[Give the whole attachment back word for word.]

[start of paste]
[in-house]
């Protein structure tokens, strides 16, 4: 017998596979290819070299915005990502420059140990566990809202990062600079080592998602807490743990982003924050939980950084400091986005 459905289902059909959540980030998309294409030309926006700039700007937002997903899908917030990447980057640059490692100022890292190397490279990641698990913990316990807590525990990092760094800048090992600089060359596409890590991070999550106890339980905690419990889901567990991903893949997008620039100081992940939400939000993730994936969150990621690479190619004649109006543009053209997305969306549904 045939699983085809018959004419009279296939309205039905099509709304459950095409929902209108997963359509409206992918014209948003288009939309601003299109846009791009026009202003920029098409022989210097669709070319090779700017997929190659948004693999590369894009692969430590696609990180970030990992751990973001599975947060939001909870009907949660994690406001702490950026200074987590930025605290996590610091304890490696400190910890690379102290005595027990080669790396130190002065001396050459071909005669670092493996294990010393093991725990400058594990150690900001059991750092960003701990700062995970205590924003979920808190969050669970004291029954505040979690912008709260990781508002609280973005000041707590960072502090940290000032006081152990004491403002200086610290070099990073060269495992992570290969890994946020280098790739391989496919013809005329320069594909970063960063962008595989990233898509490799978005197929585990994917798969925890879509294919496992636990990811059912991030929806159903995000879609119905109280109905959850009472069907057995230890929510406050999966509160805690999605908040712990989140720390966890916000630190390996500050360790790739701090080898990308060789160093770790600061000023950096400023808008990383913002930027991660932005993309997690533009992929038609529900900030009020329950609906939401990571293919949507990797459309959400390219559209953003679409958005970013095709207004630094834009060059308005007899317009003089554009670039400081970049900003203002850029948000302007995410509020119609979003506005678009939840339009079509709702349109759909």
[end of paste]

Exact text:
[in-house]
């Protein structure tokens, strides 16, 4: 017998596979290819070299915005990502420059140990566990809202990062600079080592998602807490743990982003924050939980950084400091986005 459905289902059909959540980030998309294409030309926006700039700007937002997903899908917030990447980057640059490692100022890292190397490279990641698990913990316990807590525990990092760094800048090992600089060359596409890590991070999550106890339980905690419990889901567990991903893949997008620039100081992940939400939000993730994936969150990621690479190619004649109006543009053209997305969306549904 045939699983085809018959004419009279296939309205039905099509709304459950095409929902209108997963359509409206992918014209948003288009939309601003299109846009791009026009202003920029098409022989210097669709070319090779700017997929190659948004693999590369894009692969430590696609990180970030990992751990973001599975947060939001909870009907949660994690406001702490950026200074987590930025605290996590610091304890490696400190910890690379102290005595027990080669790396130190002065001396050459071909005669670092493996294990010393093991725990400058594990150690900001059991750092960003701990700062995970205590924003979920808190969050669970004291029954505040979690912008709260990781508002609280973005000041707590960072502090940290000032006081152990004491403002200086610290070099990073060269495992992570290969890994946020280098790739391989496919013809005329320069594909970063960063962008595989990233898509490799978005197929585990994917798969925890879509294919496992636990990811059912991030929806159903995000879609119905109280109905959850009472069907057995230890929510406050999966509160805690999605908040712990989140720390966890916000630190390996500050360790790739701090080898990308060789160093770790600061000023950096400023808008990383913002930027991660932005993309997690533009992929038609529900900030009020329950609906939401990571293919949507990797459309959400390219559209953003679409958005970013095709207004630094834009060059308005007899317009003089554009670039400081970049900003203002850029948000302007995410509020119609979003506005678009939840339009079509709702349109759909």